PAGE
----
We hear all the time that eating small frequent meals is best for overall optimal health and weight loss. But is it?

In the search for a “healthy snack” are we missing an important point about snacking altogether? Is any snacking really healthy?

Snacking can be healthy for SOME people, like those at the beginning of healing Type II Diabetes, to help with blood sugar balancing. However, even for them, the ultimate goal is to consume three meals per day.

The problem with eating snacks or small frequent meals is that it takes 3 to 5 hours for food to leave the stomach. Food needs a specific pH to digest properly depending on where it lies on the acid/alkaline scale. So, if you eat a meal, and then add something else to the stomach only an hour or so later that needs a different pH, you’re never giving your body the chance to digest optimally.

You end up being in a constant state of digestion and most likely aren’t digesting your foods properly.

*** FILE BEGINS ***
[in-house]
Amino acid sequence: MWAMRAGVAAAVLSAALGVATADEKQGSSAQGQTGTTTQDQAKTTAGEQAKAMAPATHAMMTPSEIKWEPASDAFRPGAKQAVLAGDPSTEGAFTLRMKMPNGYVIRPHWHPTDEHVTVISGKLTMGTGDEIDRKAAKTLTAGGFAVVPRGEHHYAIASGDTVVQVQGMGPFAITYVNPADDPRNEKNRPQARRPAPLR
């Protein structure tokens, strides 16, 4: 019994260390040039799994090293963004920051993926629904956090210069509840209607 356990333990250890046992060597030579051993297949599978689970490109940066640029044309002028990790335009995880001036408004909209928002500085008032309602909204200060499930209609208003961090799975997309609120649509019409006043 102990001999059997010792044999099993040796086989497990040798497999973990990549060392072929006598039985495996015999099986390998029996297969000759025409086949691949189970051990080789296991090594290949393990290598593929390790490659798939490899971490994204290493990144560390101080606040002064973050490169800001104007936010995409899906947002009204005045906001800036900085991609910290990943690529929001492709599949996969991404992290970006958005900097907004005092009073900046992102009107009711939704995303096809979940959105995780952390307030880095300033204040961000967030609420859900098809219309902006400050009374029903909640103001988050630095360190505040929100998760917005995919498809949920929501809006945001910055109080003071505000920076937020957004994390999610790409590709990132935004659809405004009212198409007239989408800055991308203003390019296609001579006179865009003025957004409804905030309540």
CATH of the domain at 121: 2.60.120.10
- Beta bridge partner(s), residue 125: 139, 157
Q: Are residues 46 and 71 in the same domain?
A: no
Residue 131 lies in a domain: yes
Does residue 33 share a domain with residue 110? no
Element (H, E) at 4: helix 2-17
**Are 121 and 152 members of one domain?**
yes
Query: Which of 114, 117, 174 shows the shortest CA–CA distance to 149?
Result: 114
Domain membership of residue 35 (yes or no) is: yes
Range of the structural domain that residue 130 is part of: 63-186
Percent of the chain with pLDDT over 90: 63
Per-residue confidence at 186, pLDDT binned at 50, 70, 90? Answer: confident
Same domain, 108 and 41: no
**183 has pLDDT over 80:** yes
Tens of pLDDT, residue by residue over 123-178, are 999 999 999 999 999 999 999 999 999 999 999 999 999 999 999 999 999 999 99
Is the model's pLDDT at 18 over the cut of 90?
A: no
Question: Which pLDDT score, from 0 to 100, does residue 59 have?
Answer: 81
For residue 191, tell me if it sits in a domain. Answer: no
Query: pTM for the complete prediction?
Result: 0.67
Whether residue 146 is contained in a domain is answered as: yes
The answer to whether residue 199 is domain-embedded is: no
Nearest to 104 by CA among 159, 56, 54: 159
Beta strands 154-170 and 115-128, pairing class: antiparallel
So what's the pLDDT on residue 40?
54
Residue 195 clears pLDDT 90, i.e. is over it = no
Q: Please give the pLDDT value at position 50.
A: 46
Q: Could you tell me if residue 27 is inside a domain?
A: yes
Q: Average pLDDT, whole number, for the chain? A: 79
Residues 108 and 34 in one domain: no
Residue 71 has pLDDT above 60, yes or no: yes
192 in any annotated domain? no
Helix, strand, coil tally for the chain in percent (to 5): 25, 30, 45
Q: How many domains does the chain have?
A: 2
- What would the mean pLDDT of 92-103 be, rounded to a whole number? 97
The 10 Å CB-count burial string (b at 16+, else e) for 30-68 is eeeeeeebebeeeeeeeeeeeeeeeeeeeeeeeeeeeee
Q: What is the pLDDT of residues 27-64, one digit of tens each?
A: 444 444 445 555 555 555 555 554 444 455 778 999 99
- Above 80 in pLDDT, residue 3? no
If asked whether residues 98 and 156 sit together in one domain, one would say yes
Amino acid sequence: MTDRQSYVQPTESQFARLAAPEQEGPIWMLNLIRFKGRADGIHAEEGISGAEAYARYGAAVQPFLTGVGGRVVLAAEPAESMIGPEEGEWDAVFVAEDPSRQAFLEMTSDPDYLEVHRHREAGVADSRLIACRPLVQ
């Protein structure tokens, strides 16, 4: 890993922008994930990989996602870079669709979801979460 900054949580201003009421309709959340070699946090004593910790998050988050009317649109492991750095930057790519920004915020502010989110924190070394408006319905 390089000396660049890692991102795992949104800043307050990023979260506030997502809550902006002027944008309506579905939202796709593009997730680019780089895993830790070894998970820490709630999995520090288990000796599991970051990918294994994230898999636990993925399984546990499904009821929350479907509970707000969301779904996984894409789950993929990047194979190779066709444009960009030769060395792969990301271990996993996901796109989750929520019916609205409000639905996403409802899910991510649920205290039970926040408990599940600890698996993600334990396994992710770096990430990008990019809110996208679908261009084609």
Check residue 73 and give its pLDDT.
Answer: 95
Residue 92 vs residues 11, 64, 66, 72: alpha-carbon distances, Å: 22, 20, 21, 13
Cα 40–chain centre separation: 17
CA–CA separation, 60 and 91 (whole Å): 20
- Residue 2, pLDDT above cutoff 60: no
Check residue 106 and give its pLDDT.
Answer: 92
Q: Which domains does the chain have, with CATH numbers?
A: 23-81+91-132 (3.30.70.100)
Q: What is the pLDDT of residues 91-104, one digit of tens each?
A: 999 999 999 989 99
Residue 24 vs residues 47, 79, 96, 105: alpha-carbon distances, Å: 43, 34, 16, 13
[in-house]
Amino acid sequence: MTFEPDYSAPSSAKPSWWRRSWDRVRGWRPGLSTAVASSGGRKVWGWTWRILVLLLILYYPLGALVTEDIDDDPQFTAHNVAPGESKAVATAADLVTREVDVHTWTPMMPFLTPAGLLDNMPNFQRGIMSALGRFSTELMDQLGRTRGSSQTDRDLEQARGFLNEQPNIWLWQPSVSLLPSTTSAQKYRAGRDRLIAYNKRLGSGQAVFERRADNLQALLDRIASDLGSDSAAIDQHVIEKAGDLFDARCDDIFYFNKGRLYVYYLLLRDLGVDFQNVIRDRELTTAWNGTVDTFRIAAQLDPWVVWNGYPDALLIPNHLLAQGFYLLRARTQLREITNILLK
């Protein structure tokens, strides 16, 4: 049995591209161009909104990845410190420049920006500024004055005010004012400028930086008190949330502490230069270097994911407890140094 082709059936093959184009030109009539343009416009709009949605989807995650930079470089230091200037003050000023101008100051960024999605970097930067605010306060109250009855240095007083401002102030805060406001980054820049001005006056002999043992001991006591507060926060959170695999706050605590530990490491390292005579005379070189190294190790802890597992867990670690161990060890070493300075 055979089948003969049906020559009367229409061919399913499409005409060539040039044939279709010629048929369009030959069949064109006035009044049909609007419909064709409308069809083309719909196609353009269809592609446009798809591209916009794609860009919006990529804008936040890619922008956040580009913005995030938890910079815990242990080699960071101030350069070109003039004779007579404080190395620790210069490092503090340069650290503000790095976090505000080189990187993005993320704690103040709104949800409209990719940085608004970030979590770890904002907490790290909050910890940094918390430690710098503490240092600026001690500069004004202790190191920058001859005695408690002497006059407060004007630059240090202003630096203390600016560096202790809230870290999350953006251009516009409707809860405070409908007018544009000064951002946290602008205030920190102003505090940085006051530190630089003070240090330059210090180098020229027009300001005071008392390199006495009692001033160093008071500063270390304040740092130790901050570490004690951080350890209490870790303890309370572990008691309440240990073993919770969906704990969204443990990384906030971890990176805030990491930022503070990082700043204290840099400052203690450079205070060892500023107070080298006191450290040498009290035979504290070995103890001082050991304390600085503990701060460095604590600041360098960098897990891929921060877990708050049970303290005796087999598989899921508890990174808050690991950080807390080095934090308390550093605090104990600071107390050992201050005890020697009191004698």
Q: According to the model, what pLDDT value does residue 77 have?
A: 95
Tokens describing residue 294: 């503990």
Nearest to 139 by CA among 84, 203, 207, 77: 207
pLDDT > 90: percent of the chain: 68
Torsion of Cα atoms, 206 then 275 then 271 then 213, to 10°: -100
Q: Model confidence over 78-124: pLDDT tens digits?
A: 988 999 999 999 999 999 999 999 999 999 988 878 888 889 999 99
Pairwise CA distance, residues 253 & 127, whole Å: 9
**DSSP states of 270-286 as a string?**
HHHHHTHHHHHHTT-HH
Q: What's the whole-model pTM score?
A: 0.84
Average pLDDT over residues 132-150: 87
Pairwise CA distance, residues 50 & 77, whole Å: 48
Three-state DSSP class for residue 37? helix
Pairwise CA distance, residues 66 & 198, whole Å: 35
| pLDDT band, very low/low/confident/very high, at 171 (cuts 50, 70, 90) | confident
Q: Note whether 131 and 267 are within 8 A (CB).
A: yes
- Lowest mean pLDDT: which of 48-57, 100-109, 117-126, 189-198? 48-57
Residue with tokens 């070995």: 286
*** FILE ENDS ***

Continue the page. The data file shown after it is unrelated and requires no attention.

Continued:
When you aren’t digesting your foods properly, you open the door for bacteria and/or yeast overgrowth in the gut as your undigested food ferments, and then feed these ‘bugs’. Bacteria and yeast feed off sugar and anything that breaks down to sugar including all of the carbohydrates: legumes, fruits, grains, and starchy vegetables. You can also end up with digestive issues such as gas, bloating, acid reflux, indigestion, etc. Weight gain, fatigue, foggy brain, excessive hunger, and more cravings are also outcomes.

Having 3 full meals a day including healthy proteins, fats, and preferably cooked vegetables not only helps your body to digest properly, it allows you to receive these macronutrients and the nourishment your body craves to function throughout the day. It helps to stabilize blood sugar because you’re not constantly fueling and stimulating insulin and it balances your hunger cues. When you have insulin spikes, your body stores fat – period R